Israel’s new abortion law, providing for state funding of abortions for women between the ages of 20 and 33, further liberalizes the country’s already liberal abortion laws. But according to the Times of Israel, the change has barely caused a blip. The paper reports:
Israel has always had a liberal stance on abortion, allowing women facing medical emergencies or those who are victims of rape or abuse to receive subsidies to help them terminate their pregnancies. Outside of those regulations, women can apply for abortions for reasons ranging from an emotional or mental threat caused by the pregnancy or for not being married to the baby’s father. All women who seek to end a pregnancy must appear before a three-member committee to state their case, but 98 percent of requests are approved. Women under the age of 20 or over the age of 40 were also previously eligible for subsidized abortions, regardless of the reason.
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Among Israel’s religious right wing, there have been low grumblings of protest against the new law, but for a nation where a woman’s hemline or her seat on a public bus can set off a firestorm, the response has been surprisingly muted.
Dr. Eli Schussheim, chairman of the pro-life group Efrat, likened the decision to theft, saying that by allocating funding for non-medically necessary abortions, the committee “is stealing… from sick people… and giving the money instead as a prize to 6,000 negligent women.”
His sentiments were echoed by Rabbi David Stav, head of the relatively liberal Tzohar group of Orthodox rabbis, who said there is “no question” that in the absence of a medical emergency, abortion is against Jewish law.
It is highly unlikely, however, that Israel will soon see protests that even come near those that target abortion clinics in the United States, where the legality of pregnancy termination remains one of that nation’s most polarizing issues.
But American reporters are curious: if US Christian Zionists, who have significant overlap with the US anti-choice movement, love Israel so much, shouldn’t they be up in arms about the country adopting one of the world’s most expansive abortion policies?
The Daily Beast’s Jonathan Krohn set out to find out (“You would expect conservative groups to go ballistic when it comes to taxpayer funding of abortions,” reads his lede) and got a number of vague answers which suggested that US anti-choicers don’t feel particularly inclined to export the abortion wars to Israel. But Americans United for Life’s Charmaine Yoest, who is Christian, ventured into a suggestion that perhaps the Israelis were getting their own religious laws wrong:
Dr. Charmaine Yoest, the CEO of Americans United for Life (AUL), decided to use Jewish law as a defense, saying “In a meaningful passage, the Talmud teaches that ‘Whosoever preserves a single soul…, [it is] as though he had preserved a complete world.’ Unborn lives are rich with possibilities and worth saving and government should never be used to harm life and harm women.”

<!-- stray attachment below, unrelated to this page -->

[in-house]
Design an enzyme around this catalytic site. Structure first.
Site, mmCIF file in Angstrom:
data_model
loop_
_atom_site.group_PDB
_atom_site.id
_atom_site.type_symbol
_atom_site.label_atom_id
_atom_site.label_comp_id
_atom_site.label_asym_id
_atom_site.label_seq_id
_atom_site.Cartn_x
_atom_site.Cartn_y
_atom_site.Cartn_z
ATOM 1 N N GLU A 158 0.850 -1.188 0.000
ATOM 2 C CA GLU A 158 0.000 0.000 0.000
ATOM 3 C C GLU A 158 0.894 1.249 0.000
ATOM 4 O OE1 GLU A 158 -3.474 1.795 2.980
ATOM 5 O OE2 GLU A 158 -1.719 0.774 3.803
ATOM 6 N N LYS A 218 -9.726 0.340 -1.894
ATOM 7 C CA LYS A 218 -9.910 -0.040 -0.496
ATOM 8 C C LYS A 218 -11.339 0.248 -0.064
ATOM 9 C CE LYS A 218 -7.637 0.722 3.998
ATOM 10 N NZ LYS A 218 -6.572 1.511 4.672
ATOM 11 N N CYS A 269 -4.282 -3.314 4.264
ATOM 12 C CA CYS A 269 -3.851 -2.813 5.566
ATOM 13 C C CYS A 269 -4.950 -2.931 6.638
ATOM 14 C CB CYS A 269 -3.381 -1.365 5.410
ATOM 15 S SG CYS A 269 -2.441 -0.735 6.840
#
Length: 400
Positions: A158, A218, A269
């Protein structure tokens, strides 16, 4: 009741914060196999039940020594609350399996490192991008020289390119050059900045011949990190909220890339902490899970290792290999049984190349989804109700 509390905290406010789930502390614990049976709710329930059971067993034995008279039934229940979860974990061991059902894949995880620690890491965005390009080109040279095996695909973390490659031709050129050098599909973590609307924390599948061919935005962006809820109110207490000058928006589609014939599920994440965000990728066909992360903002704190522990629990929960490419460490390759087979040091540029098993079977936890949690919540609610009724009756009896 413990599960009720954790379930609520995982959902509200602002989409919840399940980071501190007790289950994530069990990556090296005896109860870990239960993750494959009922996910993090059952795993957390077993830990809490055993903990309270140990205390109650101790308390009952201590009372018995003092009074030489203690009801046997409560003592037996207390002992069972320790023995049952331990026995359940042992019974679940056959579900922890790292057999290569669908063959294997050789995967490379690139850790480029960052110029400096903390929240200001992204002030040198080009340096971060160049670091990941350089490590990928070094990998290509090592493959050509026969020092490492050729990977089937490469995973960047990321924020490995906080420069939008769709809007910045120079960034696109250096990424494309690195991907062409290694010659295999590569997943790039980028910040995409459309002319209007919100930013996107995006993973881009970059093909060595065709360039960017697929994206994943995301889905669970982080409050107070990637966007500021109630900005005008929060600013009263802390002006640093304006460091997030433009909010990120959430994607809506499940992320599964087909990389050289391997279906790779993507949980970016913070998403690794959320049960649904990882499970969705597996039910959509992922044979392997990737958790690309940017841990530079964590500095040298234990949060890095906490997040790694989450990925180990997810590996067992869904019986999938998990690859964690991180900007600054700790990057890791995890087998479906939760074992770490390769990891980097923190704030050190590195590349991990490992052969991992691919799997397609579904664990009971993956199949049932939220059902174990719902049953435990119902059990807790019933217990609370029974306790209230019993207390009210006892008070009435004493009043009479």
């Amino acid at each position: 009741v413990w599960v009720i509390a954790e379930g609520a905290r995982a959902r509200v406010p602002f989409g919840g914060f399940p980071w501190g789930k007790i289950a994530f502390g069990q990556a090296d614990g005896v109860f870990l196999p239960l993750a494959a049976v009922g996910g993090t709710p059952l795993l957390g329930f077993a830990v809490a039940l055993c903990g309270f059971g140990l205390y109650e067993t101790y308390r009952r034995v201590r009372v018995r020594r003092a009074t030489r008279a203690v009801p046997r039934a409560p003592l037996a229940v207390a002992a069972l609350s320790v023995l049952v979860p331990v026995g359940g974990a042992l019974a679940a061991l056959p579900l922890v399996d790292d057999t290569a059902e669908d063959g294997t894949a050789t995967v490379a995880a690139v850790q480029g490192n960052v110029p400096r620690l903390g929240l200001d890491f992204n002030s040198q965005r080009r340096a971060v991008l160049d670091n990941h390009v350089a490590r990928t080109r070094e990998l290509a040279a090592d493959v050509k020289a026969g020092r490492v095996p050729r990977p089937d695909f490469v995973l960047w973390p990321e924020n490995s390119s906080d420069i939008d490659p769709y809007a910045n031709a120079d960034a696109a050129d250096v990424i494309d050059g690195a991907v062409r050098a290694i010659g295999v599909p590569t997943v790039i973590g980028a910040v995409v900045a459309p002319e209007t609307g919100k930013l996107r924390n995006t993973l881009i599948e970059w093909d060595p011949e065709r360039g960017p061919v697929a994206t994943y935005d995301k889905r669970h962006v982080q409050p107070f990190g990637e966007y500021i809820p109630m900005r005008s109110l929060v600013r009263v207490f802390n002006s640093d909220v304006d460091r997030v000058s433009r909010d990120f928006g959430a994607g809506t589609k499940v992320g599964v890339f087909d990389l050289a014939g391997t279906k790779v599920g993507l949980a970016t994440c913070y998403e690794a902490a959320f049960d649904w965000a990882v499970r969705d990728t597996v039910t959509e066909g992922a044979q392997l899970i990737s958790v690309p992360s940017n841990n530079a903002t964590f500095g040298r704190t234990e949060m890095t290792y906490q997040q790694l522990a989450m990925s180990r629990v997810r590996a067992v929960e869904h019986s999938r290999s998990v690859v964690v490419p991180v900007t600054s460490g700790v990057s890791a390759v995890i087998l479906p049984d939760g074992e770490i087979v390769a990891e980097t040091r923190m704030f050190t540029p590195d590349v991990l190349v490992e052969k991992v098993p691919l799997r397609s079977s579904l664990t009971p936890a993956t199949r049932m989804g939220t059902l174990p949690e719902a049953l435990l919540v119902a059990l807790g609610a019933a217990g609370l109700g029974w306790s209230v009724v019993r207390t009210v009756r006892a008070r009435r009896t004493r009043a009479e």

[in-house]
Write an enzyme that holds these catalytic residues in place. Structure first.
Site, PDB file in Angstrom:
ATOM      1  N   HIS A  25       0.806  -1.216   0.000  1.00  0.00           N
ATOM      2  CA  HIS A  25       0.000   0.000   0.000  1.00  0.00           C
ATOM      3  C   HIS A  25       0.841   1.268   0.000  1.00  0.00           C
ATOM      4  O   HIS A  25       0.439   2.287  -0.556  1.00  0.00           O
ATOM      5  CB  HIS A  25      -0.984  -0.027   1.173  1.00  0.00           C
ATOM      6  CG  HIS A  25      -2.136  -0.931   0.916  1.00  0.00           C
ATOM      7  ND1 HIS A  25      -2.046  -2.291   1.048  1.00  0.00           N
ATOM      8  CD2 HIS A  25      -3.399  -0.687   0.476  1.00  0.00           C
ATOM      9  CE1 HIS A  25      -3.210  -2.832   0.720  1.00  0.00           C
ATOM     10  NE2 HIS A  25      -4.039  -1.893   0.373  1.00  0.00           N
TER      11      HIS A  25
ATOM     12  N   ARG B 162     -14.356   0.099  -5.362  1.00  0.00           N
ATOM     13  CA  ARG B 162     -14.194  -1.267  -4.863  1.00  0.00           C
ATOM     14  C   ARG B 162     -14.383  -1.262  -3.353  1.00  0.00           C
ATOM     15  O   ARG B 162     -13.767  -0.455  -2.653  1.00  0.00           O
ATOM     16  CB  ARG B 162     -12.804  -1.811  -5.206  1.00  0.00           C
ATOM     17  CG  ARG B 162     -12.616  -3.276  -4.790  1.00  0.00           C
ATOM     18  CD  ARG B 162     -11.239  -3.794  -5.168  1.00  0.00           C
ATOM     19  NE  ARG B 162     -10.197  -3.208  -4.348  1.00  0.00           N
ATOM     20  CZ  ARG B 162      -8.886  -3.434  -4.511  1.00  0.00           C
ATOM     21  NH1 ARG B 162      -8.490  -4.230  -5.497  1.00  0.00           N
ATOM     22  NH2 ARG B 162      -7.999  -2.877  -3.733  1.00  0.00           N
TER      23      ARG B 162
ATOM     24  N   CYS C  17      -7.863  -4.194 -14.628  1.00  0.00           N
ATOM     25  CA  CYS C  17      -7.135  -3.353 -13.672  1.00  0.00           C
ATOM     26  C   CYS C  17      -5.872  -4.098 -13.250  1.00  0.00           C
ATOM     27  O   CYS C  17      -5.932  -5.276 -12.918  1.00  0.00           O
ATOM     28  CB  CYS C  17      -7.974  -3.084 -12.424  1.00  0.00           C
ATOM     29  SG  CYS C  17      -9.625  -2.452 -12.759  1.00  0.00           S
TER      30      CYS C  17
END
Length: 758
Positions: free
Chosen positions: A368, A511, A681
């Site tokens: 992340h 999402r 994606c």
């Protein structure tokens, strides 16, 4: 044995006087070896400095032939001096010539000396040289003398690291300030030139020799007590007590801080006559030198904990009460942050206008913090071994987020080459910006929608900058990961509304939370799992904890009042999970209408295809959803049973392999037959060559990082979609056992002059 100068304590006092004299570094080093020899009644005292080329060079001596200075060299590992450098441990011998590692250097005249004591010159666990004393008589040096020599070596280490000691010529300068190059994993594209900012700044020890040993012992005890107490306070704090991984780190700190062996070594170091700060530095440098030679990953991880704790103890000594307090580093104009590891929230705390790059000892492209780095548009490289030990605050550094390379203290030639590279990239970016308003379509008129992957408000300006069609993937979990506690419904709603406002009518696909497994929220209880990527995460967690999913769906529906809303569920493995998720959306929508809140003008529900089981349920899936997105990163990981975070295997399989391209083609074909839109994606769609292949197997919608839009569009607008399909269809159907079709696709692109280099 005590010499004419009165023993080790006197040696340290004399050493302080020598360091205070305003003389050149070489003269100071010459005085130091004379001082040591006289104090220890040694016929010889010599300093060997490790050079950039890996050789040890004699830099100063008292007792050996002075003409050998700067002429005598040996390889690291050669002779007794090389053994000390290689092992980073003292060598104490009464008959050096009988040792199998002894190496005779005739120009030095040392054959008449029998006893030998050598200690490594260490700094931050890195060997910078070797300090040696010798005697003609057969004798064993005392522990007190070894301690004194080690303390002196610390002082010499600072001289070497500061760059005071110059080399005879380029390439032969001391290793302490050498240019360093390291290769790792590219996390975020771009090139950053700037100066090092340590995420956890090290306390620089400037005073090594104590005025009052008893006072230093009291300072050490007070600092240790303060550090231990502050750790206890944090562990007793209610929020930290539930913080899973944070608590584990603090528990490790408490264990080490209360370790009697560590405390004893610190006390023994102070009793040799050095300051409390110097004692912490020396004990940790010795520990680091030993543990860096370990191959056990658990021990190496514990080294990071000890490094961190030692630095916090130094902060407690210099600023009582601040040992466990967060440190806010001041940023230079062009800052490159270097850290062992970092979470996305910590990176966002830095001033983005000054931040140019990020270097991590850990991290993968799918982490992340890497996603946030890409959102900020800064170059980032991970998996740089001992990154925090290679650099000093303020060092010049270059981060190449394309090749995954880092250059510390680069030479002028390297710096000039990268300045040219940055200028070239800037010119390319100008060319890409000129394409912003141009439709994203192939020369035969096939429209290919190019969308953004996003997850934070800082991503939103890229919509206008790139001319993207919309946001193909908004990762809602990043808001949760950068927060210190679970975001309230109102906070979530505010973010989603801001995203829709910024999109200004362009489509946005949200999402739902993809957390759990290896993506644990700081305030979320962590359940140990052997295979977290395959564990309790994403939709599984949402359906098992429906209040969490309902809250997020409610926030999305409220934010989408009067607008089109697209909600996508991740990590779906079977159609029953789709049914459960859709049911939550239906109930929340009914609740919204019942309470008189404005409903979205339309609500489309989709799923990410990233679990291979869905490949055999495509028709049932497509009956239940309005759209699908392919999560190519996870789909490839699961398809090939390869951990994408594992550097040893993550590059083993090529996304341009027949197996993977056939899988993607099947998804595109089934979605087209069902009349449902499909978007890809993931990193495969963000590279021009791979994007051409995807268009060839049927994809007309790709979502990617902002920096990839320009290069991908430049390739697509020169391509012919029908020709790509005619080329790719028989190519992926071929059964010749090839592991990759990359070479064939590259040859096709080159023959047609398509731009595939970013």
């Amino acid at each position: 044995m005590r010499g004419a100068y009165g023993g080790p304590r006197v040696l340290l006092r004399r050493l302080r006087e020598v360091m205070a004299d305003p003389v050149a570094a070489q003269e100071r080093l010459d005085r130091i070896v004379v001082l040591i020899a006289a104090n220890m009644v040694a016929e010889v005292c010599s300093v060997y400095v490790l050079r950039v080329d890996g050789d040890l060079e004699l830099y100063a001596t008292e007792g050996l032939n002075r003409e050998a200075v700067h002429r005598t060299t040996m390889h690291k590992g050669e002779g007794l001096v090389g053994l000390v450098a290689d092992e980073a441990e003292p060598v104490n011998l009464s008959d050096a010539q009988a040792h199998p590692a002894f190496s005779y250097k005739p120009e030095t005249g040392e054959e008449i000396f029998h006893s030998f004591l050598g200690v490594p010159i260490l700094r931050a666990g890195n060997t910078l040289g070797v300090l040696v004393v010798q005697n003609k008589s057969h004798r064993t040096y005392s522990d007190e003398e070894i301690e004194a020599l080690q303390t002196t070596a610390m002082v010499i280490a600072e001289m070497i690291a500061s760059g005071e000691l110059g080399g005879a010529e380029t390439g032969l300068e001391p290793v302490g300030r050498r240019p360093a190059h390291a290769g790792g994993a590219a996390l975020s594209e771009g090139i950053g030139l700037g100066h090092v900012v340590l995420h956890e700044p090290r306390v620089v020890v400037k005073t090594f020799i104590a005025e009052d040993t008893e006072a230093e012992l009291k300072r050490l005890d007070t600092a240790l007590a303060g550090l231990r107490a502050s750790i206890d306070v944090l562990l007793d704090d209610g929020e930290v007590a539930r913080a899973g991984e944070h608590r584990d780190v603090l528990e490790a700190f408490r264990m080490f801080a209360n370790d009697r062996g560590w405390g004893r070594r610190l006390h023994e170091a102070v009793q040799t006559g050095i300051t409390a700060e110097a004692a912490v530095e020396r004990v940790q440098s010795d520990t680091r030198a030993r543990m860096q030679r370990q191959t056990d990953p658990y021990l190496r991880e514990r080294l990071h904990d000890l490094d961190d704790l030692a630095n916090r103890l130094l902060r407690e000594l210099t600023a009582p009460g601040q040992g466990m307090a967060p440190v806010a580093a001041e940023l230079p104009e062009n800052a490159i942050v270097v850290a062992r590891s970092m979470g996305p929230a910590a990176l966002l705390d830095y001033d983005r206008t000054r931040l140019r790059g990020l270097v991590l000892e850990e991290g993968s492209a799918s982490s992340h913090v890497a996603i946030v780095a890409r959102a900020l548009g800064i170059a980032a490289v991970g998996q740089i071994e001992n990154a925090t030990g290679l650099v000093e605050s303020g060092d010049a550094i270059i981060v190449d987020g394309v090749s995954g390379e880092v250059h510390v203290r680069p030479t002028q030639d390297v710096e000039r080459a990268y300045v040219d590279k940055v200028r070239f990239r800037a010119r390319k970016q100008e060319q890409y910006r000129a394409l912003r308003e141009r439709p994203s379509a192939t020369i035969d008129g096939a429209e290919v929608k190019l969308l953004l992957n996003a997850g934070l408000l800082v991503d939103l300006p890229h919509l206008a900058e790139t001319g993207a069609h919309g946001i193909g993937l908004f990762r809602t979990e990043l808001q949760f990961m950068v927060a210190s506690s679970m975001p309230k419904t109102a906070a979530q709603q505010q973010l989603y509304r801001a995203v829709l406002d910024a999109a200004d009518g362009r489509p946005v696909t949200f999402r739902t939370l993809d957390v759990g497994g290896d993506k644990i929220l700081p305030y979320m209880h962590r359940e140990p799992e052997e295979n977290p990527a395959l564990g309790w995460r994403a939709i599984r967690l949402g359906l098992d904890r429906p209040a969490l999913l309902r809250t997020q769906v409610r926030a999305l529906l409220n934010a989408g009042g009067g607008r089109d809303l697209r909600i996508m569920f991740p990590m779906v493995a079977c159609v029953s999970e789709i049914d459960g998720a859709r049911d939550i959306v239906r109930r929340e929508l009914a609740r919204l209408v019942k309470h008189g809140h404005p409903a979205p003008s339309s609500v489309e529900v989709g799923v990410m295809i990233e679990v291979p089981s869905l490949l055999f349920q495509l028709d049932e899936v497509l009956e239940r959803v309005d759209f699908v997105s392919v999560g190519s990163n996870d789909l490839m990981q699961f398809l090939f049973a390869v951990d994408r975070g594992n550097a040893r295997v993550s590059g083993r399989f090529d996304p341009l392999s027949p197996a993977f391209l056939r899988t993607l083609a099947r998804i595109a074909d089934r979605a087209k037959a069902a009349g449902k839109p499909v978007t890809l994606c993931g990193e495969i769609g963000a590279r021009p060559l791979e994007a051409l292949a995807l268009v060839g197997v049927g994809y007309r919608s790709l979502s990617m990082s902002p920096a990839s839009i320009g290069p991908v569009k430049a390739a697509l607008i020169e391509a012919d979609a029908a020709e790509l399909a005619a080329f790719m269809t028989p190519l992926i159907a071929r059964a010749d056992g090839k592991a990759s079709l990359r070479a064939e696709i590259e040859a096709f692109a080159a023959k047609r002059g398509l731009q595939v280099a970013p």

Despite Yoest’s attempt to go talmudic, most streams of Judaism reject the notion that life begins at conception, and focus on the health and well-being of the pregnant woman in assessing the morality of abortion. Nancy Kaufman, the CEO of the National Council of Jewish Women, which is pro-choice, told me in an interview that she found it “ironic” that in the United States, where there is separation of church and state, activists want to impose their religion through anti-abortion laws, but that in Israel, where there is no barrier between religion and state, abortion is merely a matter of health and safety, and its coverage and availability a part of the country’s uncontroversial system of universal health care.
Kaufman said Israel’s liberal abortion policy had been “ingrained” since the state’s founding. On the American conservatives’ silence, she said, “most of the American anti-choice groups are not made up of Jewish women of any stripe, so most don’t really care what Israel’s policy is.”
On the other hand, the views of Eli Schussheim, the head of the ultra-Orthodox Israeli anti-abortion group Efrat, are controversial in Israel, as are the group’s activities. As I wrote in Moment magazine last year:
In January, according to Haaretz, two members of Israel’s chief rabbinate issued a letter of support for [Efrat], praising it for “making the wider public aware of the extreme seriousness involved in killing fetuses, which is like actual murder.”
A week later, Benny Lau, the religious Zionist rabbi of Jerusalem’s Rambam Synagogue, retorted that equating abortion with murder was “irresponsible” and that “‘abortion is murder’ is neither rabbinical law nor Judaism.” He added, “Taking our Torah in the direction of Christian Catholic canon law is a terrible mistake.” (According to Haaretz, Efrat’s director denied the organization had ever used language equating abortion with murder.) Lau complained that on abortion, “There is no more complexity, there is no more discussion. We have become shallow, Republicans, Catholics and Jews.”